Services Provided at the
UPdate Fall 1994
In September 1990 the Nova Scotia Environmental Medicine Clinic was established as a pilot project by the Nova Scotia Department of Health, as a cooperative effort with Dr. Gerald H. Ross and the Environmental Health Center – Dallas. The clinic is operated approximately six times a year for about ten working days at a time and is located on the fifth floor of the Bethune Building at the Victoria General Hospital in Halifax.
In response to the increasing prevalence and recognition of environmentally-triggered health problems, including allergy and building–related illness, the Nova Scotia Department of Health sponsored Dr. Gerald H. Ross for a two-year training fellowship in Environmental Medicine between 1987 and 1989. Dr. Ross became a resource physician to the Province, and subsequent negotiations led to the establishment of a pilot project for the delivery of Environmental Medicine services to referred patients at the Nova Scotia Environmental Medicine Clinic.
The main focus of the clinic was environmental Hypersensitivity, more recently being called Chemical Sensitivity, which is a newly-recognized condition that was first identified about 40 or 50 years ago. This health problem is characterized by intolerance to concentrations of chemical substances that are found in everyday settings that appear to be well tolerated by most people.
The symptoms may vary over time and from person-to-person in different situations, but common complaints include fatigue, headache, mental confusion, joint pains, muscle aches, nausea, and depression. There has been a growing interest in this condition, especially in view of the increasing number of building-related complaints in the Halifax area and in Nova Scotia in general, with the identification of several “sick buildings”.
In response to this growing awareness, the government of Nova Scotia took the pioneering step of the establishment of the Environmental Medicine Clinic in September 1990. Essentially, the purpose of the clinic was for evaluation and treatment, limited research, and individual patient education.
Patients are referred to the clinic by their family physicians or other specialists, who may have a strong suspicion of environmentally-related factors in the production of the patient’s ill health. As a consequence, there are a variety of health problems which are evaluated at the clinic, including classical allergy (such as asthma, hay fever, hives, etc.), Chronic Fatigue Syndrome (which may have environmental precipitators, or worsening factors) and chemical sensitivity, frequently related to “sick building syndrome”.
T here are a
variety of services that are available at the Environmental Medicine Clinic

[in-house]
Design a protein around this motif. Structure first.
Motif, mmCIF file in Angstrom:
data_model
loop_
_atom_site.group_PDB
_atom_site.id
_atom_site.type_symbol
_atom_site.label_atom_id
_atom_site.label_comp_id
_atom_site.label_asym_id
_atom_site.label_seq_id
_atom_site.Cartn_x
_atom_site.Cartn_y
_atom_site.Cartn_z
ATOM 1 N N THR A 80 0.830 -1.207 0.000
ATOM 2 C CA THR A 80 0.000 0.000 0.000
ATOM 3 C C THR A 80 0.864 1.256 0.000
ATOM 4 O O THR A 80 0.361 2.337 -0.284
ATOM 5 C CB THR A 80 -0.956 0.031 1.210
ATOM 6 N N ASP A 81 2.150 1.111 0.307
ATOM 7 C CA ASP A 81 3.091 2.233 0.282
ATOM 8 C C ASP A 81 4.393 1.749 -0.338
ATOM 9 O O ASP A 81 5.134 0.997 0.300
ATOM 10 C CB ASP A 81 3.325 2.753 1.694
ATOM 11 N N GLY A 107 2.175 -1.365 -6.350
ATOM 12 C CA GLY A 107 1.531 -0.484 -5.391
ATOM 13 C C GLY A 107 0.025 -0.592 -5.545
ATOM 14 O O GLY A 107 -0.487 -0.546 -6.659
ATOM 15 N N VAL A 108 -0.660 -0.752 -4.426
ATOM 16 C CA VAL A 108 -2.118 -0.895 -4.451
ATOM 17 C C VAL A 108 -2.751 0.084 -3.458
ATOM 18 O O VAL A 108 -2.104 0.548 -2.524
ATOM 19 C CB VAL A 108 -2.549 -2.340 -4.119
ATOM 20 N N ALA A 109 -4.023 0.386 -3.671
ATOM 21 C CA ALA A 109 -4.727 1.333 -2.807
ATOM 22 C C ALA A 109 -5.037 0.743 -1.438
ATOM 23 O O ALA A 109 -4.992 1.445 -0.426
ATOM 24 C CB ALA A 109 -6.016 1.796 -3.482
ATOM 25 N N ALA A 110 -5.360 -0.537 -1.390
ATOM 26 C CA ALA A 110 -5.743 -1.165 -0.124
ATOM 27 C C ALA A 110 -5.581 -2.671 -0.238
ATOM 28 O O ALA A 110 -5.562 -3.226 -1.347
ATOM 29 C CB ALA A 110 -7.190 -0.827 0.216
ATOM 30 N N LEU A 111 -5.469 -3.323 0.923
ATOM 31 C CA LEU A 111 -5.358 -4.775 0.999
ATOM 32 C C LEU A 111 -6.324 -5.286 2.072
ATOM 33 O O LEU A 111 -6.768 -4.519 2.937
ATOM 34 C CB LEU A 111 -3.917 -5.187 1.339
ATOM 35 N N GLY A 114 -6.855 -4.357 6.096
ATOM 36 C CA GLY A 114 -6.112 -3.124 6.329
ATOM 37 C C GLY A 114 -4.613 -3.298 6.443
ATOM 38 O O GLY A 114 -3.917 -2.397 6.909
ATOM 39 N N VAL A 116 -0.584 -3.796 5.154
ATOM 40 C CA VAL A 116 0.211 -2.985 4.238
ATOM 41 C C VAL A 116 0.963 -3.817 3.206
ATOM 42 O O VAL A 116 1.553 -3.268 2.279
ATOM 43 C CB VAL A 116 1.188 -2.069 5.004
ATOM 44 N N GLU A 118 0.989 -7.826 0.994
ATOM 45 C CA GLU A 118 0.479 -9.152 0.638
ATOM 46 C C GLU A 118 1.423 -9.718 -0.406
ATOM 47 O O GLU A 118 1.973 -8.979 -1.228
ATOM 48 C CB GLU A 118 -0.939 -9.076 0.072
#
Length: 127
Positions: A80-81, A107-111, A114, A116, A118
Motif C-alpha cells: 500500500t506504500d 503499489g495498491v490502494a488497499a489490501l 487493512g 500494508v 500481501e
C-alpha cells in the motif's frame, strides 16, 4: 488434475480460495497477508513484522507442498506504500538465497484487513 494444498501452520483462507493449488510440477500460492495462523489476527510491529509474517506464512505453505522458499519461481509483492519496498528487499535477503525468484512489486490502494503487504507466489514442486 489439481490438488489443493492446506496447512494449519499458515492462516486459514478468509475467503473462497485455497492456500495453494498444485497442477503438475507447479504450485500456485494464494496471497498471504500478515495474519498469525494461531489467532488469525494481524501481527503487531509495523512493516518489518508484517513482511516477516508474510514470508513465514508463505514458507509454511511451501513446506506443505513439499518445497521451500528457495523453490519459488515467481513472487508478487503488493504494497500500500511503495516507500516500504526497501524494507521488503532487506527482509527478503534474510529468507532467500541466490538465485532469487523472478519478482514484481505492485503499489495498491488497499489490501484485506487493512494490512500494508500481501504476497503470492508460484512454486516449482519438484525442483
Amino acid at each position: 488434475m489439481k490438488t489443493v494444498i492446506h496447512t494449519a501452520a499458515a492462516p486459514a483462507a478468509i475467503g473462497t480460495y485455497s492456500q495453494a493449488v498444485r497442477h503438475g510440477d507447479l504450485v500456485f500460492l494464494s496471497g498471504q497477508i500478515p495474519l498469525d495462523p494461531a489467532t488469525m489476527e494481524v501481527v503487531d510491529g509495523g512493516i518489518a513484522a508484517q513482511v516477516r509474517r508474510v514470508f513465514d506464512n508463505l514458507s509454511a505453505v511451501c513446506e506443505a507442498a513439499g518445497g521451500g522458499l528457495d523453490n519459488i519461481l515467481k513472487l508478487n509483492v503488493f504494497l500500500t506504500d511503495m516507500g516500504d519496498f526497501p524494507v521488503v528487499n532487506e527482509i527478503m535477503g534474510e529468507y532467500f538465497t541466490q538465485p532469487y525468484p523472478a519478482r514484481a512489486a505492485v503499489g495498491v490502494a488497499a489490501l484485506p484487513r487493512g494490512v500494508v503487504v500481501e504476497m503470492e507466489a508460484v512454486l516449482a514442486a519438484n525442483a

An outcome study/patient satisfaction survey was conducted by the Department of Health with the cooperation of the Allergy and Environmental Health Association and the staff at the environmental Medicine clinic.
The statistical analyses was done by the Department of Health and the results indicated a very high degree of patient satisfaction with the services offered and statistically significant improvements in patients’ symptoms, in many different categories that were evaluated. The study was only preliminary in nature, but provided some useful and encouraging data.
An integral part of the clinic operation has been the tremendous support offered by the Allergy Environmental Health Association and by individual patients who have acted as volunteers and educators. There is no doubt that the camaraderie that has developed at the environmental Medicine Clinic has greatly contributed to the “healing environment” that is present there. This effort has brought a sense of community and common endeavor to patients in their struggle to find a return to vigorous health and to bring a greater awareness of environmentally-triggered illness to the medical profession and the lay public.
The dedication and commitment of the clinic staff has been both heart-warming and inspiring, especially considering that many of the volunteers, who have proven so valuable to the clinical operation, are patients themselves with their own limitations because of their health problems.
At the time of the compilation of this short article, the site selection and approval of a permanent clinic, the Dalhousie University Environmental Health Clinic, has recently taken place. I am very pleased with this development, as the creation of a university-based clinic for treatment, research and education is a vindication of the message and efforts of committed physicians and patients in Nova Scotia over the past several years concerning chemical sensitivity and other environmentally-triggered illnesses.
number of referrals to the Environmental Medicine Clinic, especially from
an ever-increasing spectrum of medical specialties, is a firm indication
that the recognition of environmentally-triggered illnesses, especially
chemical sensitivity, is proceeding rapidly within the medical community.